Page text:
Another major difference is if you are doing business locally, or not.


#5

Hi Freedomsufer,
First of all I like your website and what you are doing (for what that’s worth).

Live in Dubai is not bad at all.

But it is a bit of a country of extremes and not for everyone.

Benefits:

  • The country is made for business owners: low regulations and no taxes. No taxes on income or for your business. Often no audits. No tax reporting. Nothing.
  • It is not just glamour. 90% expats make that it is the place is filled with young people trying to make something of their life’s.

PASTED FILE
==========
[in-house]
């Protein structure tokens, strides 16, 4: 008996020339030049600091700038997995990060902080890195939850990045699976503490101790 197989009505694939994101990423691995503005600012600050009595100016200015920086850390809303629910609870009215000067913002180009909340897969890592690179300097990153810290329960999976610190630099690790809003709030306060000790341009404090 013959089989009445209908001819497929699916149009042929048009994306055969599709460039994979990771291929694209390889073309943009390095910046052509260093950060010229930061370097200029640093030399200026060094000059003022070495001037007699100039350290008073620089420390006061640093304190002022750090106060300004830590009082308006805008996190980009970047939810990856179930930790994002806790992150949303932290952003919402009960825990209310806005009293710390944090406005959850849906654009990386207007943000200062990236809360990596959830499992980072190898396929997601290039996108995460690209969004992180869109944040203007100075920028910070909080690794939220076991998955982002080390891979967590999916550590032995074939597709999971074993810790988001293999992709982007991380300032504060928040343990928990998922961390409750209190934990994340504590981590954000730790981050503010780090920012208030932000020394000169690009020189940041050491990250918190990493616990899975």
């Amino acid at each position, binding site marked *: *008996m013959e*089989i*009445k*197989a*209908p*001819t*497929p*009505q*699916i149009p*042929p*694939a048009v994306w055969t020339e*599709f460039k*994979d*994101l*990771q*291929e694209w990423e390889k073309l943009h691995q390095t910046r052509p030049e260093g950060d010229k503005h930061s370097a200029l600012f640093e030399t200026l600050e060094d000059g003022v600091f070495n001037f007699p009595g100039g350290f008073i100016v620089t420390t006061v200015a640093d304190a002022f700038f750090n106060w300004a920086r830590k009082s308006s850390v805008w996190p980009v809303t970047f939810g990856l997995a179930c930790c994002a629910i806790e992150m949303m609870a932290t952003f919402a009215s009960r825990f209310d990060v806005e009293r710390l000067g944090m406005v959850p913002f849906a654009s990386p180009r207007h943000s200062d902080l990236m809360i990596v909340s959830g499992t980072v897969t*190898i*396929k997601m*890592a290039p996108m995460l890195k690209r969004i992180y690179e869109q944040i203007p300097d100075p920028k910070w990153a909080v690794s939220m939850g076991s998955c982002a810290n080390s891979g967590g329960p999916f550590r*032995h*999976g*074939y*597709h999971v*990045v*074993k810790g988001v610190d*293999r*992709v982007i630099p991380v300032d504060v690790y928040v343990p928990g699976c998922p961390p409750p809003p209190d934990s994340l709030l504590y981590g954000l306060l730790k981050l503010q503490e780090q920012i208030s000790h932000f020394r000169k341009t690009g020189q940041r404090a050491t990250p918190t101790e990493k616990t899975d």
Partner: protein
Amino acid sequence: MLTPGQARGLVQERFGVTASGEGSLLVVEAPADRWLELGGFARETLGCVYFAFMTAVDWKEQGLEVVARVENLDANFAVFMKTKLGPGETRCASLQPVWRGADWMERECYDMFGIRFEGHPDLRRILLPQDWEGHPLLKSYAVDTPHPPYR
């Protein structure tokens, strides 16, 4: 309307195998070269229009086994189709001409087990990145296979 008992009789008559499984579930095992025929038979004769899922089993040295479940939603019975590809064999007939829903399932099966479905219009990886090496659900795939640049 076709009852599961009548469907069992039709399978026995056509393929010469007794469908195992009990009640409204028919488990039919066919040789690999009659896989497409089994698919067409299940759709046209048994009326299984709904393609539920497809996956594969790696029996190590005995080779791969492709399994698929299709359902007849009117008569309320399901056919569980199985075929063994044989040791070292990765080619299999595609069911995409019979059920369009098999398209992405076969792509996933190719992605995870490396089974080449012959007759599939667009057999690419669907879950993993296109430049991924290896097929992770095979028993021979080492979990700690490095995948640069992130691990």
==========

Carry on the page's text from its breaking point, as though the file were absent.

It will be one of the most international places and you can find nice people you hang out with. There is a disproportional amount of materialism and shallowness though.
  • There is a lot of money switching hands and the economy is booming again. Opportunities everyhwere.
  • Labour is cheap and you can basically outsource everything.
  • Crime is non existent, and as long as you bother no-one, there is no one telling you what to do.
  • It is one of the easiest places to obtain residency. And this is not just for Westerners. People from everywhere can come here and start a business.

Downsided:

  • The summer is terrible. There are 4 months that you have to stay inside because it is to hot.
  • In some cases starting out requires some investments not all digital nomads will be willing/able to make.
    Also, rents are really rising, and if you want your own place to rent, you have to pay one year in advance (in the form of post dated checks, but if a check bounces you have a month to fix it or go to jail)